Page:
Senate Committee on Homeland Security and Governmental Affairs – Full Committee Hearing Witnesses:
● Megan Stifel: Chief Strategy Officer for the Institute for Security and Technology
● Bill Siegel: CEO of Coveware
● Jacqueline Burns Koven: Head of Cyber Threat Intelligence at Chainalysis
The Senate Committee on Homeland Security and Governmental Affairs initiated this hearing to better understand the use of cryptocurrency in ransomware.
Megan Stifel explained that ransomware is a significant threat because it is surrounded by a confluence of factors that all must be addressed if ransomware is to be addressed. Stifel said that any policy solution needs to support collaboration across industries, promote harmony among government information sharing platforms, and ensure access to clear, concise, and timely information. Her recommendations include a sustained multi-stakeholder coalition on ransomware, an emergency ransomware fund, federally provided frameworks for preparation against ransomware, mandated incident reporting, and a study into the regulation of cryptocurrency.
Bill Siegel argued that mandated reporting is the most immediately necessary step and expanding reporting requirements to all companies rather than only those under the jurisdiction of CISA. Siegel foresees this kind of policy has two main impacts: the U.S. government will gain clarity on the true scope of the problem and greater clarity on what to do about it.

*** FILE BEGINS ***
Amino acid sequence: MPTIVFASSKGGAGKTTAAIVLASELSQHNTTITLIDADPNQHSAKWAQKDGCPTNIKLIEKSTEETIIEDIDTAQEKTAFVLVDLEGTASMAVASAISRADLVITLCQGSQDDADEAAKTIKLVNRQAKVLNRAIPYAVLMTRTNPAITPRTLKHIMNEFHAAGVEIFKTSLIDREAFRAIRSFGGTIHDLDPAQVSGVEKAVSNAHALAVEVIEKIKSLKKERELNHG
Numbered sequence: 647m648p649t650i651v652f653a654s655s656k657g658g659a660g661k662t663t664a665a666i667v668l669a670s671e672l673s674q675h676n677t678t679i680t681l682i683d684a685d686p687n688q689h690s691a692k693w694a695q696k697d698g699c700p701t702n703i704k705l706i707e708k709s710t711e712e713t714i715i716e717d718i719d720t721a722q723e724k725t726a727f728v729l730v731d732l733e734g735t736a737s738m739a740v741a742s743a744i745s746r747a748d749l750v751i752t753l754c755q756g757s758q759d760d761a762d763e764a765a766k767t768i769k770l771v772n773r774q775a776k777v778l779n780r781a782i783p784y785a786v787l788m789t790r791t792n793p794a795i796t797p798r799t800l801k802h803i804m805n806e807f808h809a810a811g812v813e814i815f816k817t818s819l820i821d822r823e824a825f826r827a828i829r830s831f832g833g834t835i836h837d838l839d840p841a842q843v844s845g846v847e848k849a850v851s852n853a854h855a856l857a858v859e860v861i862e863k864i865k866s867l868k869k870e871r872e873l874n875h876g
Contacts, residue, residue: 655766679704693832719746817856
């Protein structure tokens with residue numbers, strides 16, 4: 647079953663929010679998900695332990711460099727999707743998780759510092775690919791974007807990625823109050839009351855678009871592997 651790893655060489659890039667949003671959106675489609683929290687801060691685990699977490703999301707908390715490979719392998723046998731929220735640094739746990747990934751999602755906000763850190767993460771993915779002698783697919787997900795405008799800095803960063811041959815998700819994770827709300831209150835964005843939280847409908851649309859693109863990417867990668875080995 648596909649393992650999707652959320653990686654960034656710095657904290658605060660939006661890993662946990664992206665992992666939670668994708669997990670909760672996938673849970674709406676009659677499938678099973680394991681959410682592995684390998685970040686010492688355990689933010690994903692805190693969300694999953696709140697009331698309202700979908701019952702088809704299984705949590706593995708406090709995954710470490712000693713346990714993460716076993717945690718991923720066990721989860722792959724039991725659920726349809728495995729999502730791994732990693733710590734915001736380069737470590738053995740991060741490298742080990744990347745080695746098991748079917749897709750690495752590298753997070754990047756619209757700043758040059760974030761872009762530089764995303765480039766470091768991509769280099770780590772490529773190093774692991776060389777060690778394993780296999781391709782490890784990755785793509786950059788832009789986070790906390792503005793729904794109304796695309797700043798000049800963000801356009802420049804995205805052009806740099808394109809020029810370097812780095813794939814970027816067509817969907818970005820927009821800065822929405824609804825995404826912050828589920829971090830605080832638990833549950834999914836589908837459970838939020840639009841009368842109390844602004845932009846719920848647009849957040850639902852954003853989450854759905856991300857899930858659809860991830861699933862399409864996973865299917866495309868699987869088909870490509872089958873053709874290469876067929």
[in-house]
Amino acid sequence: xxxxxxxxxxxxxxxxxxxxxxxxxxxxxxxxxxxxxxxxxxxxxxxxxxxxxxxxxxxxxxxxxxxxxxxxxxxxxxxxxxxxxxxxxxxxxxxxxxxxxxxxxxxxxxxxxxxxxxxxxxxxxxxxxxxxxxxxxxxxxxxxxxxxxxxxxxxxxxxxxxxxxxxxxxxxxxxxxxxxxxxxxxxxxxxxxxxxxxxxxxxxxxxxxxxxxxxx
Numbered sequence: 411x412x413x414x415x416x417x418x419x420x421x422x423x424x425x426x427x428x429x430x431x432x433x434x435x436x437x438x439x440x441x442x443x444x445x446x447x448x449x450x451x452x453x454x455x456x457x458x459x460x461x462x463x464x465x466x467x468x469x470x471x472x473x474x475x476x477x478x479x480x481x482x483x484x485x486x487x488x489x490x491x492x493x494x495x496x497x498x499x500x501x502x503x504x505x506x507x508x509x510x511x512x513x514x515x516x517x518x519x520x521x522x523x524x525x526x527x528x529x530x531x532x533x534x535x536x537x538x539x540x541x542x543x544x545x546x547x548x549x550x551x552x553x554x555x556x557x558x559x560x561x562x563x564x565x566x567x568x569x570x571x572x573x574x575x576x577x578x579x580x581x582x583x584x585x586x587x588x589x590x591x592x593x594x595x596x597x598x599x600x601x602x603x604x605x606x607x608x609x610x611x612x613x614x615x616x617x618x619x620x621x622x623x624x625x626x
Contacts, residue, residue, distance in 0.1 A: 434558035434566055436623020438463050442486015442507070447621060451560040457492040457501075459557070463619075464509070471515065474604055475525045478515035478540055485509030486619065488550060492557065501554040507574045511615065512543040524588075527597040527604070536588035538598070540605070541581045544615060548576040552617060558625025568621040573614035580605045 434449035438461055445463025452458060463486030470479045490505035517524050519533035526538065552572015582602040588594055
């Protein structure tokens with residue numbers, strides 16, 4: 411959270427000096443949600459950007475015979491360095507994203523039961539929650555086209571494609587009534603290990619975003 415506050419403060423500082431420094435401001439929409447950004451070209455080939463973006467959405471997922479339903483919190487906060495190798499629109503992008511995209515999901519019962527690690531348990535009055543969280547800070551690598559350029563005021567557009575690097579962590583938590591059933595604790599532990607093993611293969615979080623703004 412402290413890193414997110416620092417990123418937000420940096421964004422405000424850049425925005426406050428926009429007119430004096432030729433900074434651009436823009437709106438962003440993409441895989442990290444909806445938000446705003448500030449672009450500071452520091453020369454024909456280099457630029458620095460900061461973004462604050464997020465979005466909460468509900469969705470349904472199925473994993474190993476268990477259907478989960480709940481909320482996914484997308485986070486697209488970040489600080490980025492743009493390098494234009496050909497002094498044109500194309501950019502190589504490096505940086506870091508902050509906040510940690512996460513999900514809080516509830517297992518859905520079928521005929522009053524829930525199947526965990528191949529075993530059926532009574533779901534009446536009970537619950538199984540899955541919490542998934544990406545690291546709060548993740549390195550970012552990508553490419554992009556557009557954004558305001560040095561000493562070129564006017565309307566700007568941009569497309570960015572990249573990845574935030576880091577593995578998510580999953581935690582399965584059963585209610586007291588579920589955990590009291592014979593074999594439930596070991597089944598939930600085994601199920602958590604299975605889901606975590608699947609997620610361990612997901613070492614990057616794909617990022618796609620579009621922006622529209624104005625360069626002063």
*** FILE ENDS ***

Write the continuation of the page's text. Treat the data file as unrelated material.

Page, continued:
Jacqueline Burns Koven explained how blockchain technology actually makes cryptocurrency easier to track than traditional extortion payments like cash as law enforcement can be more efficient in their investigations within blockchain than in traditional financial investigations and how blockchain allows investigators to be able to find ransomware gangs through linked networks. Burns Koven then discussed the need for private-public collaboration in this space and set forth three recommendations: improve ransomware reporting and information sharing with clear guidance on the when, where, and what to report, ensure government agencies have adequate funding to conduct investigations, and collaboration with other countries to set forth robust global money laundering laws.